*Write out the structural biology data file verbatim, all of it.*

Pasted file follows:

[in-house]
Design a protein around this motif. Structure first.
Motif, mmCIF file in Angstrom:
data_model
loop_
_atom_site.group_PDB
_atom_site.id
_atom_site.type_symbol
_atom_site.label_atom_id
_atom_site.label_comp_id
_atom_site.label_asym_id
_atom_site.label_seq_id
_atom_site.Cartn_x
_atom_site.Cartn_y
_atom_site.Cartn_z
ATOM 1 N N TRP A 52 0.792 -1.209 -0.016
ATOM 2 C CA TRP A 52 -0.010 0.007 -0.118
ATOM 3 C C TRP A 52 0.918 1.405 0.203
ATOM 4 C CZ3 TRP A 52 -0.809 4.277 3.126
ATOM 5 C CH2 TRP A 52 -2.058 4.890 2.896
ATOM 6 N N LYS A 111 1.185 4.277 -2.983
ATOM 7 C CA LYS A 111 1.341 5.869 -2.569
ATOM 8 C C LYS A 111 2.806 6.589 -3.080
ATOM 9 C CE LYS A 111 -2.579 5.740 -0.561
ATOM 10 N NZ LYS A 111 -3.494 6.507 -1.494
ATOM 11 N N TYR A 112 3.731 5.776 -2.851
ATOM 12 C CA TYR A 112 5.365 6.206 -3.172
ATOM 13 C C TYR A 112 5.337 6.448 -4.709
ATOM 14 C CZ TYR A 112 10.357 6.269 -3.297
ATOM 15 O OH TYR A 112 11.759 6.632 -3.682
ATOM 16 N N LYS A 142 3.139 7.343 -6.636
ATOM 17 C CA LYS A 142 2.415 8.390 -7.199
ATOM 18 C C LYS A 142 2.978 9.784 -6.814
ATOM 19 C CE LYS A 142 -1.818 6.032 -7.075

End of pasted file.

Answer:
[in-house]
Design a protein around this motif. Structure first.
Motif, mmCIF file in Angstrom:
data_model
loop_
_atom_site.group_PDB
_atom_site.id
_atom_site.type_symbol
_atom_site.label_atom_id
_atom_site.label_comp_id
_atom_site.label_asym_id
_atom_site.label_seq_id
_atom_site.Cartn_x
_atom_site.Cartn_y
_atom_site.Cartn_z
ATOM 1 N N TRP A 52 0.792 -1.209 -0.016
ATOM 2 C CA TRP A 52 -0.010 0.007 -0.118
ATOM 3 C C TRP A 52 0.918 1.405 0.203
ATOM 4 C CZ3 TRP A 52 -0.809 4.277 3.126
ATOM 5 C CH2 TRP A 52 -2.058 4.890 2.896
ATOM 6 N N LYS A 111 1.185 4.277 -2.983
ATOM 7 C CA LYS A 111 1.341 5.869 -2.569
ATOM 8 C C LYS A 111 2.806 6.589 -3.080
ATOM 9 C CE LYS A 111 -2.579 5.740 -0.561
ATOM 10 N NZ LYS A 111 -3.494 6.507 -1.494
ATOM 11 N N TYR A 112 3.731 5.776 -2.851
ATOM 12 C CA TYR A 112 5.365 6.206 -3.172
ATOM 13 C C TYR A 112 5.337 6.448 -4.709
ATOM 14 C CZ TYR A 112 10.357 6.269 -3.297
ATOM 15 O OH TYR A 112 11.759 6.632 -3.682
ATOM 16 N N LYS A 142 3.139 7.343 -6.636
ATOM 17 C CA LYS A 142 2.415 8.390 -7.199
ATOM 18 C C LYS A 142 2.978 9.784 -6.814
ATOM 19 C CE LYS A 142 -1.818 6.032 -7.075